by Bernadette Gilbertas (text) and Olivier Grunewald (photos)
A haven for wildlife
Between savannas, forests and wetlands, Gorongosa was a haven for wildlife before being wiped out by fifteen years of civil war. Today, the former flagship of southern African safaris is rising from its ashes. Particularity: we take care of the animals but also the surrounding populations. A new way of doing tourism is being invented there.
What makes Gorongosa National Park in Mozambique a haven for wildlife is the diversity of ecosystems: a vast floodplain at the heart of the site, highland forests, savannas.
Gorongosa rangers take part in many actions in the Park and in the surrounding buffer zone: monitoring poaching and destroying traps, recovering prohibited animals such as pangolins from markets and their rehabilitation in the wild, and reintroduction species such as painted wolf.
An open-air lab
Gorongosa Park is located in one of the least biologically explored regions of Africa. It is a wonderful open-air laboratory for researchers, both in the field of water biochemistry, entomology, the study of bats. The Park also has an advanced laboratory, equipped to perform DNA sequencing.
Find out more about the amazing work being done to protect biodiversity in Gorongosa and around the world during Half-Earth Day, October 22, 2020
The forest in tatters
On Mount Gorongosa, after the civil war and years of illegal logging, the rainforest remains in tatters. The National Park has revived coffee cultivation there, in order to restore the soil, replant native trees, and provide income to the surrounding populations.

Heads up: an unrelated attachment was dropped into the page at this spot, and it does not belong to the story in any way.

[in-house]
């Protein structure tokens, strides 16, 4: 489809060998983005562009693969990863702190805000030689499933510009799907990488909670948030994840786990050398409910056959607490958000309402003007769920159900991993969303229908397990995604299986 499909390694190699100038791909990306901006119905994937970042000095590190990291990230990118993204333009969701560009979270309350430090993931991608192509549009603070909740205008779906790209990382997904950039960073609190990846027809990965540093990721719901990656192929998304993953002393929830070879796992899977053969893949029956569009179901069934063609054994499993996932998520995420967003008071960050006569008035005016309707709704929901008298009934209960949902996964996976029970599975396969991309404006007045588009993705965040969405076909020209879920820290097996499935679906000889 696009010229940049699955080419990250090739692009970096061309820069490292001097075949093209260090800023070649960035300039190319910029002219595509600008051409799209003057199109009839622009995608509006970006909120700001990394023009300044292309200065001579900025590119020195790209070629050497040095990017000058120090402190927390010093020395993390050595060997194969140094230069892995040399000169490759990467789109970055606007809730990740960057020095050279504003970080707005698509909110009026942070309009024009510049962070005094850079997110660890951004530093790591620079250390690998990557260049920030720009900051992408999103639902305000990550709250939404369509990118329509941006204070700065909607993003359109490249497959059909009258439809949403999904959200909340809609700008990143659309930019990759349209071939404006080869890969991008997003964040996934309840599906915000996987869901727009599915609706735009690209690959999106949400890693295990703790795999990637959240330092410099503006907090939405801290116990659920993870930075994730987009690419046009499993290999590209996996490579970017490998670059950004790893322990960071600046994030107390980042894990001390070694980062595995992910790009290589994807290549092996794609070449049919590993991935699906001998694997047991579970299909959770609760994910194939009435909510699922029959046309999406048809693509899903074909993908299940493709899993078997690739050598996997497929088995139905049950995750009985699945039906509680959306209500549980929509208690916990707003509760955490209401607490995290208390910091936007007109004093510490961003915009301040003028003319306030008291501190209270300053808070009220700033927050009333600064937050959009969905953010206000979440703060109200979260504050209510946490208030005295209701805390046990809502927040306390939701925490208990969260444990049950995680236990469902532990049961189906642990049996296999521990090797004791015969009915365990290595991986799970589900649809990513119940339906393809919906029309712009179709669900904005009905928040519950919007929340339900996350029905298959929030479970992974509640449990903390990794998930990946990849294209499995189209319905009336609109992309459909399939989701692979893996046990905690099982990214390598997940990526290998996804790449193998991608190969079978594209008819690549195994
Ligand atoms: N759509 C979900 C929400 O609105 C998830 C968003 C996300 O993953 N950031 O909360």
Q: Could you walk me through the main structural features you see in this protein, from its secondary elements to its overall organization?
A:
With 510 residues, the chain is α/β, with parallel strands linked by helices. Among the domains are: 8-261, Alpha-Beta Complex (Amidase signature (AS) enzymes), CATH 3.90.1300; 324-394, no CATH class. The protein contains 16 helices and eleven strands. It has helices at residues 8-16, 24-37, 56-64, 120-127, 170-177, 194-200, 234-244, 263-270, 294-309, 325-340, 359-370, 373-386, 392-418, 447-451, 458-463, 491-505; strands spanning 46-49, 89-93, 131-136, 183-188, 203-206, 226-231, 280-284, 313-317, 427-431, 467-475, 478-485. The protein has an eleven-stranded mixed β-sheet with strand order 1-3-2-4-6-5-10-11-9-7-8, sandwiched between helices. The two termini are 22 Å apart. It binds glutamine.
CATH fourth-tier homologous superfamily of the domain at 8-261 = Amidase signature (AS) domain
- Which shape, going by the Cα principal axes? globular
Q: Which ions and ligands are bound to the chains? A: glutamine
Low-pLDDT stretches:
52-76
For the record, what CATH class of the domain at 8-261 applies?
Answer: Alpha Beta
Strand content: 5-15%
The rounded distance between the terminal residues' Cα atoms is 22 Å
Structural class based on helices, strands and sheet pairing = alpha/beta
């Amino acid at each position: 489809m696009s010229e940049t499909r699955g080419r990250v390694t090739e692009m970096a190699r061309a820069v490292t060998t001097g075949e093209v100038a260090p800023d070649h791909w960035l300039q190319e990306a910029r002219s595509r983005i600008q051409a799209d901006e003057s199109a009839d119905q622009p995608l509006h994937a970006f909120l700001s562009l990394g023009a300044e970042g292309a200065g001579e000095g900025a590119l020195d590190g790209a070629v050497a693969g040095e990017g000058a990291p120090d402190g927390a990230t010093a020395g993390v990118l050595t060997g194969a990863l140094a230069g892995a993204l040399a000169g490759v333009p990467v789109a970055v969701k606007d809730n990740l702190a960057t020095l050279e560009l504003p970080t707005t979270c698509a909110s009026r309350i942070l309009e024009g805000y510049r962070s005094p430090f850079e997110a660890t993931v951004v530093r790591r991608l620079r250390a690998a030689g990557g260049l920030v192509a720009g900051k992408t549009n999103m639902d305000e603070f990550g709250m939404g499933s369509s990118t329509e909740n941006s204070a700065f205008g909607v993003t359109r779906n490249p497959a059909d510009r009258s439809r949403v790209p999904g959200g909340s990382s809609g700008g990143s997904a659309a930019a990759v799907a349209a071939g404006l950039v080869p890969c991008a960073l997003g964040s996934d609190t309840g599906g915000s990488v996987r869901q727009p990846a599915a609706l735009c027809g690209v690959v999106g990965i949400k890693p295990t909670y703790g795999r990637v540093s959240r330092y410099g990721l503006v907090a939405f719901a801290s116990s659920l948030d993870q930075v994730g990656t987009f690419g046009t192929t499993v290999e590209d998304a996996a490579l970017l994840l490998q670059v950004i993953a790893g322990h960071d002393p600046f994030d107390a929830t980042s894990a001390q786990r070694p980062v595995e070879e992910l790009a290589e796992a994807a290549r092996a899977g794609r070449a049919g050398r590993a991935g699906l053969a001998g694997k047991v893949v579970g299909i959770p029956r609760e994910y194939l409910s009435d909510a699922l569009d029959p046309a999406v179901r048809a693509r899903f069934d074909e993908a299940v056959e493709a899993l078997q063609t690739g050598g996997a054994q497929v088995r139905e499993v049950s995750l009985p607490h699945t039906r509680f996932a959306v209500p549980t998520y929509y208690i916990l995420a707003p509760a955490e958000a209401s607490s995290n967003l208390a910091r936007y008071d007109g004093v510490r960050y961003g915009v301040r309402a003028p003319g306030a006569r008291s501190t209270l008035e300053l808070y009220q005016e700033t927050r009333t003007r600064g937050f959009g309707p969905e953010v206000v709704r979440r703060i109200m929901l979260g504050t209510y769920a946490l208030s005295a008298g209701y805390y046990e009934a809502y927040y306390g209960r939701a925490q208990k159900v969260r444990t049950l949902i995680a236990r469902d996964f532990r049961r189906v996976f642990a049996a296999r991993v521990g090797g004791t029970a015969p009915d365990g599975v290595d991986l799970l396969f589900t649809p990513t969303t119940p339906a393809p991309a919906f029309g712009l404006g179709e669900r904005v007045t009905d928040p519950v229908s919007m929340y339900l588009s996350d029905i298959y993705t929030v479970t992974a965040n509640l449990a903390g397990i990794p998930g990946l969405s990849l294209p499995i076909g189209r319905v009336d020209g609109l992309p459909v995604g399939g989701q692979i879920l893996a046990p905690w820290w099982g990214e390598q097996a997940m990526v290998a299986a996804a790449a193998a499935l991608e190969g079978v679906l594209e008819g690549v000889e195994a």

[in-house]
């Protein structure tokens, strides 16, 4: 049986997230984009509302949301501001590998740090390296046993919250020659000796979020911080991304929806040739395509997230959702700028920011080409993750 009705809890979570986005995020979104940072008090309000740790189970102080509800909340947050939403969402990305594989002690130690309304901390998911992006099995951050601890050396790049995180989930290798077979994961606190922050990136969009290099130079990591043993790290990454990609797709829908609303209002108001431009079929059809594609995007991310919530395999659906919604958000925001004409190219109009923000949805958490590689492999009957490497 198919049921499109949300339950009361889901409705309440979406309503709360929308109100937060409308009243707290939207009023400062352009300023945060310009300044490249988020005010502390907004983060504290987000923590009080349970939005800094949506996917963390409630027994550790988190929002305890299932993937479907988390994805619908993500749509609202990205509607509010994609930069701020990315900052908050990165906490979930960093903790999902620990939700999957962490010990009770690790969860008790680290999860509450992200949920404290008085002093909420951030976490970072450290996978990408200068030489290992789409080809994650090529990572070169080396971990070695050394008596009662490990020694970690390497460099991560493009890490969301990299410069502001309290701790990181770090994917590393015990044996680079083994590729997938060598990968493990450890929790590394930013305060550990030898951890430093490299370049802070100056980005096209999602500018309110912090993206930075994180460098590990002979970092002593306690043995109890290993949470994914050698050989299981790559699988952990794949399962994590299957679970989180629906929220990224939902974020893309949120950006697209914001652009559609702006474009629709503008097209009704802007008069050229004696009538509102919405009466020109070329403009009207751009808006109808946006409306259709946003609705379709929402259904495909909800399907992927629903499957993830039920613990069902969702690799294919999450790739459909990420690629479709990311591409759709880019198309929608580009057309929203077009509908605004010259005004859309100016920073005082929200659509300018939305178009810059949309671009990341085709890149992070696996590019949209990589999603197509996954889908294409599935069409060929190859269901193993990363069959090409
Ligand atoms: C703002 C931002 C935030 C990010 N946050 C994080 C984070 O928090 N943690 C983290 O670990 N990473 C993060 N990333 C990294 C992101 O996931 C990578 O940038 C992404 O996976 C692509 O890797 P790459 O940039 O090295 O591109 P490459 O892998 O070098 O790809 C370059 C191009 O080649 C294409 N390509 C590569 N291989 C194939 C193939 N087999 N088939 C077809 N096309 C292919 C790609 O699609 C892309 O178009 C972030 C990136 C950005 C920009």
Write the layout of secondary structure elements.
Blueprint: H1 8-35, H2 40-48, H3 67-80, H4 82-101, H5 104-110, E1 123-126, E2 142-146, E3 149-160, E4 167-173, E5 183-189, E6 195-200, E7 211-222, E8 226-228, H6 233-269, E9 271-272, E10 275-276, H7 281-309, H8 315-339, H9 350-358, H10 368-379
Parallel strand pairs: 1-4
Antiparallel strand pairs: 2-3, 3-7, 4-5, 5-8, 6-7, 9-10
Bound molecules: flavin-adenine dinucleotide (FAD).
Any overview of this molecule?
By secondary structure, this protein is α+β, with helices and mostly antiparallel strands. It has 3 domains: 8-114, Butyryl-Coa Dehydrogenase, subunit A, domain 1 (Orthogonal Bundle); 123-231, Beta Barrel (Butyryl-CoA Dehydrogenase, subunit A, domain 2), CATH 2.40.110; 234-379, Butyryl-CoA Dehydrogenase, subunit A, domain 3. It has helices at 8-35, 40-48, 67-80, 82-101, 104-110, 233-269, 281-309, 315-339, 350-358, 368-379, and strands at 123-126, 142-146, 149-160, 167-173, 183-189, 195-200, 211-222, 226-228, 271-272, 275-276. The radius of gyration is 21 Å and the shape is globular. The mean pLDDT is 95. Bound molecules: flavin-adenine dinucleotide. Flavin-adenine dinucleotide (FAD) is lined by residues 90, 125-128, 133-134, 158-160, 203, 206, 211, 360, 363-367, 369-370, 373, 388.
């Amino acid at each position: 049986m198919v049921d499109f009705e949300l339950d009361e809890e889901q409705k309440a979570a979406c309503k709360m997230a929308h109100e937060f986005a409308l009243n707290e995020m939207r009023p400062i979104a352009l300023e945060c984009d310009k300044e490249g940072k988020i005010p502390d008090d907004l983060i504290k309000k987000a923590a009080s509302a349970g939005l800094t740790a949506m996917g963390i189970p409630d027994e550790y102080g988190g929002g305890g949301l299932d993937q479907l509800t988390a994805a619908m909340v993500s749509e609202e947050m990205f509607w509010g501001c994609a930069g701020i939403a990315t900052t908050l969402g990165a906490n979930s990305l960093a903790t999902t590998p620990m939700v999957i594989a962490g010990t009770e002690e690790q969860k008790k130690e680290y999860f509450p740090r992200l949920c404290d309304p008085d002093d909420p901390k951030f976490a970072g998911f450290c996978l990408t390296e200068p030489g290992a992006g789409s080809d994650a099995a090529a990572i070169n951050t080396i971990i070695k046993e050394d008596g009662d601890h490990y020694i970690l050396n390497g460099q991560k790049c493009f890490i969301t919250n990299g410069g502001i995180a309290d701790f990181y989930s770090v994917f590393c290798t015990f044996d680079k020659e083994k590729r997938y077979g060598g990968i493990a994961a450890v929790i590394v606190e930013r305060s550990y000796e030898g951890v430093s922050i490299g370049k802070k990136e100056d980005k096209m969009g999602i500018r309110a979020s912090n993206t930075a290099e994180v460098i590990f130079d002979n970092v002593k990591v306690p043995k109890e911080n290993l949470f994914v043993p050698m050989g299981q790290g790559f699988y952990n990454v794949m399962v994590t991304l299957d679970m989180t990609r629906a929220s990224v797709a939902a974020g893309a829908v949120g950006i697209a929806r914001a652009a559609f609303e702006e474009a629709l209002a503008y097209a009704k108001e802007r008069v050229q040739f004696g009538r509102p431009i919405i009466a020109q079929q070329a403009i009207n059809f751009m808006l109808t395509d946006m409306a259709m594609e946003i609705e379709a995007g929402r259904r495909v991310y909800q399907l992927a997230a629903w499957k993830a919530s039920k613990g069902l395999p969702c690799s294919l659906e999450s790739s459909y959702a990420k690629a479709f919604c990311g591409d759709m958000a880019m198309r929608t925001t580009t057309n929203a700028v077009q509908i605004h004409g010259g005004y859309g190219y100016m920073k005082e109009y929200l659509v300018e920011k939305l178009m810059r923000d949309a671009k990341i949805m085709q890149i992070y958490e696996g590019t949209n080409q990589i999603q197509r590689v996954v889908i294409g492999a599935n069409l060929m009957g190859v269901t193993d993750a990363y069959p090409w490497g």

An exceptional rebirth
In the 1990s, at the end of the civil war, the richest of African parks was nothing more than a cemetery: animals slaughtered by starving soldiers, ivory tusks sold to finance the purchase of weapons, villages pounded by air raids. Only a hundred elephants, fifteen buffaloes, forty hippos, a few zebras and antelopes, a dozen lions had survived. Gorongosa had lost 95% of its wildlife population. However, in less than thirty years, the National Park has been reborn from its ashes. A feat in a bloodless country, among the poorest in the world.
Elephants regained a quarter of their pre-war population
In Gorongosa, the sixteen years of civil war (1977-1992) caused the disappearance of 90% of the elephants, hunted for their ivory. Counted in 2018, elephants have regained a quarter of their pre-war population. Particularly, females devoid of tusks, usually 2 to 4% of the total, less poached, reproduce more: as a result, a third of elephants are now born like this.
An essential Park for the surrounding populations
In Mozambique, where nearly half the population lives on less than $ 2 a day, Gorongosa’s social role is vital. In particular, the Park finances mobile clinics, which travel to the most remote villages of the buffer zone to carry out vaccination campaigns and provide care.
The sacred mountain, integrated into the boundaries of the National Park since 2010, is the other key to tourism in Gorongosa. Clear water basins, a rainforest unique in southern Africa, deep canyons and a breathtaking view of the floodplain.